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Technical Paper

A Study on Head Injury Risk in Car-to-Pedestrian Collisions Using FE-Model

Head injury is quite frequently occurred in car-to-pedestrian collisions, which often places an enormous burden to victims and society. To address head protection and understand the head injury mechanisms, in-depth accident investigation and accident reconstructions were conducted. A total of 6 passenger-cars to adult-pedestrian accidents were sampled from the in-depth accident investigation in Changsha China. Accidents were firstly reconstructed by using Multi-bodies (MBS) pedestrian and car models. The head impact conditions such as head impact velocity; position and orientation were calculated from MBS reconstructions, which were then employed to set the initial conditions in the simulation of a head model striking a windshield using Finite Element (FE) head and windshield models. The intracranial pressure and stress distribution of the FE head model were calculated and correlated with the injury outcomes.
Technical Paper

Analysis of Finite Element Models for Head Injury Investigation: Reconstruction of Four Real-World Impacts

Previous studies have shown that both excessive linear and rotational accelerations are the cause of head injuries. Although the head injury criterion has been beneficial as an indicator of head injury risk, it only considers linear acceleration, so there is a need to consider both types of motion in future safety standards. Advanced models of the head/brain complex have recently been developed to gain a better understanding of head injury biomechanics. While these models have been verified against laboratory experimental data, there is a lack of suitable real-world data available for validation. Hence, using two computer models of the head/brain, the objective of the current study was to reconstruct four real-world crashes with known head injury outcomes in a full-vehicle crash laboratory, simulate head/brain responses using kinematics obtained during these reconstructions, and to compare the results predicted by the models against the actual injuries sustained by the occupant.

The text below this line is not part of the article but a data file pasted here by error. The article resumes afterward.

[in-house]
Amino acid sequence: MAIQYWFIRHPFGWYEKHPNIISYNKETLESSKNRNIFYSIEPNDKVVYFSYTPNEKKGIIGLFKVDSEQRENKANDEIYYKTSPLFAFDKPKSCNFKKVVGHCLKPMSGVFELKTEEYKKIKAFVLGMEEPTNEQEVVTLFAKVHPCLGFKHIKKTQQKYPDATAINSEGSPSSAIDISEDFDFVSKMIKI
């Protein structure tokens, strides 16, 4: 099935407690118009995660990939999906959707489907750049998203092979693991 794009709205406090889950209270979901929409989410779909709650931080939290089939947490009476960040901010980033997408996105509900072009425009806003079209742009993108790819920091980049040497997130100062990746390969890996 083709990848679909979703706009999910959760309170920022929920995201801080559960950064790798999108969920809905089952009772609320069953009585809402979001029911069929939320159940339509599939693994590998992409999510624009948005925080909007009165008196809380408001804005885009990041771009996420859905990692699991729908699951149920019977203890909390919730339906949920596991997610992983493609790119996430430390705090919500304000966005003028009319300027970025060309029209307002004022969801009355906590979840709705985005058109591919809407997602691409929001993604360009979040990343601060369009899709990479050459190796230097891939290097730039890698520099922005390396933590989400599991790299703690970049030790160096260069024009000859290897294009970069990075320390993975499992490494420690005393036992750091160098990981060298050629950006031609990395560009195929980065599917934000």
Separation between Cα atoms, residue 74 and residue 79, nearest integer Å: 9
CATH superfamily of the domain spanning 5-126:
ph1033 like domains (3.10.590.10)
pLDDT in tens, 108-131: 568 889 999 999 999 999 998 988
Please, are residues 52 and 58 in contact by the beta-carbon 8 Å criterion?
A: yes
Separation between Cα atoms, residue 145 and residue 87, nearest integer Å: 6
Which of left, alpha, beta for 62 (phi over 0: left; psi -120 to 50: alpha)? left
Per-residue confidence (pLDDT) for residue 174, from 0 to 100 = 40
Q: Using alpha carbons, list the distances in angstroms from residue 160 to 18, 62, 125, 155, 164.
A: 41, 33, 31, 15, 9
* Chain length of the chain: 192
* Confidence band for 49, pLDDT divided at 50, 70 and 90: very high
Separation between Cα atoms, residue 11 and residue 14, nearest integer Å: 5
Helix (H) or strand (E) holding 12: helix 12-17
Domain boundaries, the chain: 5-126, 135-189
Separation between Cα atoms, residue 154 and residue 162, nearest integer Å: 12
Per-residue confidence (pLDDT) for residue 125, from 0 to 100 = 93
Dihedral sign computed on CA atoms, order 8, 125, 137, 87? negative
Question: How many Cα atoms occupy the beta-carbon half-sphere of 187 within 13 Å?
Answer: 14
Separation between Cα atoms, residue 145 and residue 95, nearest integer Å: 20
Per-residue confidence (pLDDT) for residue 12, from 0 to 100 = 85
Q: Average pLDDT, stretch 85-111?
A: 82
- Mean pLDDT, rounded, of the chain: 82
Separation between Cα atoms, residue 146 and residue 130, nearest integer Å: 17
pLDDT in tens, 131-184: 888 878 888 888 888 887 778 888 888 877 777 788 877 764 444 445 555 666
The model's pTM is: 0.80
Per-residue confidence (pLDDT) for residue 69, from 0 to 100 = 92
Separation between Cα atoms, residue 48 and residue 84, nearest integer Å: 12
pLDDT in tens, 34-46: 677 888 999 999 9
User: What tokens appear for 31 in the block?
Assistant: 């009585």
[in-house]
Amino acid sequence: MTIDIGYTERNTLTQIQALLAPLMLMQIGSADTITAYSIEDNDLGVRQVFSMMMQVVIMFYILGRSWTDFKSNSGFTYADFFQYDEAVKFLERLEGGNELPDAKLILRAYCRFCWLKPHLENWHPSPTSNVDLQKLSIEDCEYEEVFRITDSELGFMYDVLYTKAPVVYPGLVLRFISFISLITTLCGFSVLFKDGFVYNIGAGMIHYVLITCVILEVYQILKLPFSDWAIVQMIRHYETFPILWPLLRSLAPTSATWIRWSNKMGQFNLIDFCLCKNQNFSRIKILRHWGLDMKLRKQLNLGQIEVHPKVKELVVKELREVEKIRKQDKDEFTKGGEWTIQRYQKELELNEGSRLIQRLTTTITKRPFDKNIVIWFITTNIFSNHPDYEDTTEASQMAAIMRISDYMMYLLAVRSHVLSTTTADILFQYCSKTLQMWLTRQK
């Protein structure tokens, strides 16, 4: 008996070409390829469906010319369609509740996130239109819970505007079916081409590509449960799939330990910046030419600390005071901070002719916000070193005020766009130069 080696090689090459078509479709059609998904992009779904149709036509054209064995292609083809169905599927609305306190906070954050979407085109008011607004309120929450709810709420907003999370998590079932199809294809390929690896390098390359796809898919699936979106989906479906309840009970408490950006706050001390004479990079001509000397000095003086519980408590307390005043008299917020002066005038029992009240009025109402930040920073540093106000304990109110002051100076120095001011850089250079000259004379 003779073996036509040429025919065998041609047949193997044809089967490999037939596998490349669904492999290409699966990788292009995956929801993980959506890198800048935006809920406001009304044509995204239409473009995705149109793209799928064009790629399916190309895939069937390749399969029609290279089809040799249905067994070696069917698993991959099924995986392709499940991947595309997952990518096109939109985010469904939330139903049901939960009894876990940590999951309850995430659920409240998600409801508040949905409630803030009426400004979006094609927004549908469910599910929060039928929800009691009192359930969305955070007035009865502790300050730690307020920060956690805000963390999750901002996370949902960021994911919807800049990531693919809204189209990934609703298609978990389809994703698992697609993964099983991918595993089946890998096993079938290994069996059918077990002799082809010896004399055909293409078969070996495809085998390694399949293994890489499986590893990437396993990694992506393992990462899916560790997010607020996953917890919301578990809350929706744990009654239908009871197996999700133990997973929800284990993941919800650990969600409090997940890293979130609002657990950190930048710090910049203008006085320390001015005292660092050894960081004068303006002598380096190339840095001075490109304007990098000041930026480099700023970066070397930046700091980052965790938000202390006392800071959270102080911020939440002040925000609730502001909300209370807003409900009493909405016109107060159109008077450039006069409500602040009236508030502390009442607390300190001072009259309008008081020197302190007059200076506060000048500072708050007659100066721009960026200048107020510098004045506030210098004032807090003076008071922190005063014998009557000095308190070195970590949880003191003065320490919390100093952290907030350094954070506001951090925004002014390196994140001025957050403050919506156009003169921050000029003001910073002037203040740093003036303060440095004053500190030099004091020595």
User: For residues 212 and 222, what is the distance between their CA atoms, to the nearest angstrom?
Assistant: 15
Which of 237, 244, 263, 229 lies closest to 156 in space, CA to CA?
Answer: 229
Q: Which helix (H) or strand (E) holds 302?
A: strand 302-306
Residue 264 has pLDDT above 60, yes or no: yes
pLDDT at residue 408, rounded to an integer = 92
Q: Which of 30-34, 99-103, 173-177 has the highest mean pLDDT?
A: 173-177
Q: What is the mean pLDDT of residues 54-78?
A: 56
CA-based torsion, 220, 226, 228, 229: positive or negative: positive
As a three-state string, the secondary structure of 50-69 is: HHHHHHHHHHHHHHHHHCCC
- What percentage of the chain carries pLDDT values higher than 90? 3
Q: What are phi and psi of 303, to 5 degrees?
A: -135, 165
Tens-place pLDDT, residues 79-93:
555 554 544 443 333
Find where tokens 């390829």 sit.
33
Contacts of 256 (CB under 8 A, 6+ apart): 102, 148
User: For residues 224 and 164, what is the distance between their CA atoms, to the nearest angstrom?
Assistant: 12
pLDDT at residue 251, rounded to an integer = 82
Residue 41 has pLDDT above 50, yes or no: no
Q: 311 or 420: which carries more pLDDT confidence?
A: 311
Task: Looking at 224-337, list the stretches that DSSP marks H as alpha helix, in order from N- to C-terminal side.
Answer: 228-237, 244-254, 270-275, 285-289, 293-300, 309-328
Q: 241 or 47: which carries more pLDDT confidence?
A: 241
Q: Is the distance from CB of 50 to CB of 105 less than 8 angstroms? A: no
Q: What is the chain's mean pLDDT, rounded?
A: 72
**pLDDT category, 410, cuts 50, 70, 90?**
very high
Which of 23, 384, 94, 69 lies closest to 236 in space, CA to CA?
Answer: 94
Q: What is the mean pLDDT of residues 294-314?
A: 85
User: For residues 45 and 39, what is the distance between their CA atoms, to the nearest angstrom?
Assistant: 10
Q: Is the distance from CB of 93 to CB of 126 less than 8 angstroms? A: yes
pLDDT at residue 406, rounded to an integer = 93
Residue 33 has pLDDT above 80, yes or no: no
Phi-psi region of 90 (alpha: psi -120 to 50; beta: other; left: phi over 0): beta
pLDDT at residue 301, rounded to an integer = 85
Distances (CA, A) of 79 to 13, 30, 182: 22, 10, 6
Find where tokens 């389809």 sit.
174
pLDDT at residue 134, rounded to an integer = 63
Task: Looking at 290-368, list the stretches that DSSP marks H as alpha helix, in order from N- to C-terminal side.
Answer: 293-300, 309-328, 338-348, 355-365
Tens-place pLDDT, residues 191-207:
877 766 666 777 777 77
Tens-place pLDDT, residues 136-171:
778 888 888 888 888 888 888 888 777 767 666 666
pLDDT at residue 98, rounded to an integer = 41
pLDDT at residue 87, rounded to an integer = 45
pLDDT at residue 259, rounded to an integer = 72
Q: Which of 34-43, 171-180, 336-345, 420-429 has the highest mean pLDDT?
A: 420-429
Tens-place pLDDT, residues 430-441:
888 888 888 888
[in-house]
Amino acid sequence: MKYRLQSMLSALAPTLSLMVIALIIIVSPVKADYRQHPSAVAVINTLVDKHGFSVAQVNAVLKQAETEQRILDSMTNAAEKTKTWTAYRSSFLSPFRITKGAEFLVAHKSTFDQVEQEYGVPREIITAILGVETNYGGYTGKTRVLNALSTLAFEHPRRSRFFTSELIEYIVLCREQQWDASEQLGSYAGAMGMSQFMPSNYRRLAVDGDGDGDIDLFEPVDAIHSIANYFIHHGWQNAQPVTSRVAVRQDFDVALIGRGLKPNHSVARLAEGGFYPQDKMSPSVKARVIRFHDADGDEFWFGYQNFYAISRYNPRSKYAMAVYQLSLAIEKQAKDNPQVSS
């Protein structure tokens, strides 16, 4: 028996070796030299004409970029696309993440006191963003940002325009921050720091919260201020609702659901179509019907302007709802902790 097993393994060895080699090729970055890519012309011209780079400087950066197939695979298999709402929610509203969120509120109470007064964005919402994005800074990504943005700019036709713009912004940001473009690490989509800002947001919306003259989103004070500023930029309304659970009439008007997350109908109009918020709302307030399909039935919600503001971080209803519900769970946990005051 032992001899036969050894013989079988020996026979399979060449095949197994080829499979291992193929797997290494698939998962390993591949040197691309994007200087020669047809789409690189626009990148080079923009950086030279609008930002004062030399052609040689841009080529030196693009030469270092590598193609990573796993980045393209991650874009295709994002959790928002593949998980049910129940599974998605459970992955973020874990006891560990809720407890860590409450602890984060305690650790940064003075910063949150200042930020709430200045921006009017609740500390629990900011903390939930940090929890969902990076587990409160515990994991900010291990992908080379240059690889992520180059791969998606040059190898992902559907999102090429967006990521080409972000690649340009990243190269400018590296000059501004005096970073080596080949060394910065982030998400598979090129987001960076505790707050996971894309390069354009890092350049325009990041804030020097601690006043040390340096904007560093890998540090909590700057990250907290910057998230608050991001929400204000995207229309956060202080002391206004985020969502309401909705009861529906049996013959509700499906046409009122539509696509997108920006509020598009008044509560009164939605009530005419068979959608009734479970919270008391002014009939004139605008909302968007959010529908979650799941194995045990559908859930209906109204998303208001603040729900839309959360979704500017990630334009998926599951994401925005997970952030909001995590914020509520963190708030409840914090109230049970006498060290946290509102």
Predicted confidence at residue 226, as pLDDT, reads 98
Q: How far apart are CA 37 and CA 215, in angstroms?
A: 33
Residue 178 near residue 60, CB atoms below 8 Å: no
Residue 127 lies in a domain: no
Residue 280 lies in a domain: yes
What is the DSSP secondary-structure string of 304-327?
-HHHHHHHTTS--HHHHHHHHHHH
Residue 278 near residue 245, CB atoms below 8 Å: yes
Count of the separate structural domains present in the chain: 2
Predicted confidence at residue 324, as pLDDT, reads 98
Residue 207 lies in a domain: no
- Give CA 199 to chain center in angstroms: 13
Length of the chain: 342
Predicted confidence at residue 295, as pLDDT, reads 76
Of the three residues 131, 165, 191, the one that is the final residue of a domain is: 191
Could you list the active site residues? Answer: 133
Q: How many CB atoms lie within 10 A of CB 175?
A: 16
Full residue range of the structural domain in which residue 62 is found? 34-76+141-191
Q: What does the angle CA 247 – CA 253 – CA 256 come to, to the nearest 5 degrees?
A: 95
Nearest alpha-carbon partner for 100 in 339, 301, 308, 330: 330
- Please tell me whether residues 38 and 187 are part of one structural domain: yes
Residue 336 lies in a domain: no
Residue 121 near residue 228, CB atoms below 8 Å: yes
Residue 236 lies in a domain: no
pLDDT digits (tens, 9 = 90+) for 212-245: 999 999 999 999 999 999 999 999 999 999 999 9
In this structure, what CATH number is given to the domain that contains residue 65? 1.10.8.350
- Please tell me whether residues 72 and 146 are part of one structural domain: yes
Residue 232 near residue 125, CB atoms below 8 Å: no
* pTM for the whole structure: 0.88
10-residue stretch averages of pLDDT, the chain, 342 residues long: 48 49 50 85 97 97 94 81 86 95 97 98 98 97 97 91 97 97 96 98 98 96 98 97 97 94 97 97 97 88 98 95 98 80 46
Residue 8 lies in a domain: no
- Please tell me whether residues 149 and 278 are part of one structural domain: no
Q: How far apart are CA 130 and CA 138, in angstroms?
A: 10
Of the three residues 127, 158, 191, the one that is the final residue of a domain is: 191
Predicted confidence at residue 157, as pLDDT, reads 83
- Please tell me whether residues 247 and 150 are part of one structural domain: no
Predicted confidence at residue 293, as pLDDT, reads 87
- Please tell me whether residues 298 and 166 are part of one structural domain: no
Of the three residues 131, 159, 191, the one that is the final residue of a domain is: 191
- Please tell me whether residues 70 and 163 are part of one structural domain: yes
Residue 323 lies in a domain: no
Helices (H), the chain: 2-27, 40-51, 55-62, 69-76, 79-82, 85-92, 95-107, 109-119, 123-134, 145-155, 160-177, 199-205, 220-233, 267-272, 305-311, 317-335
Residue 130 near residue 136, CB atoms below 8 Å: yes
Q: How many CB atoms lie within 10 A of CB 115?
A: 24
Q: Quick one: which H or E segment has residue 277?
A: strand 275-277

Head Injury Biomechanics, Volume 3 -- Mitigation

Nearly 50,000 Americans die from brain injuries annually, with approximately half of all Traumatic Brain Injuries (TBI) being transportation-related. TBI is a critical and ever-evolving safety topic, with equally important components of injury prevention, consequences, and treatment. This book is part of a 3-volume set which presents a comprehensive look at recent head injury research and applies protective strategies to various injury scenarios, such as passenger vehicles, sports, and blast injuries, or to a particular demographic group, such as children or seniors. This volume features 14 technical papers. Editor Jeffrey A. Pike has selected the most relevant technical papers spanning the early 1990s through the beginning of 2011, including several older papers which provide an essential historical perspective. Each volume in the series also includes a table of references arranged by topic and a new chapter tying together anatomy, injury, and injury mechanism topics.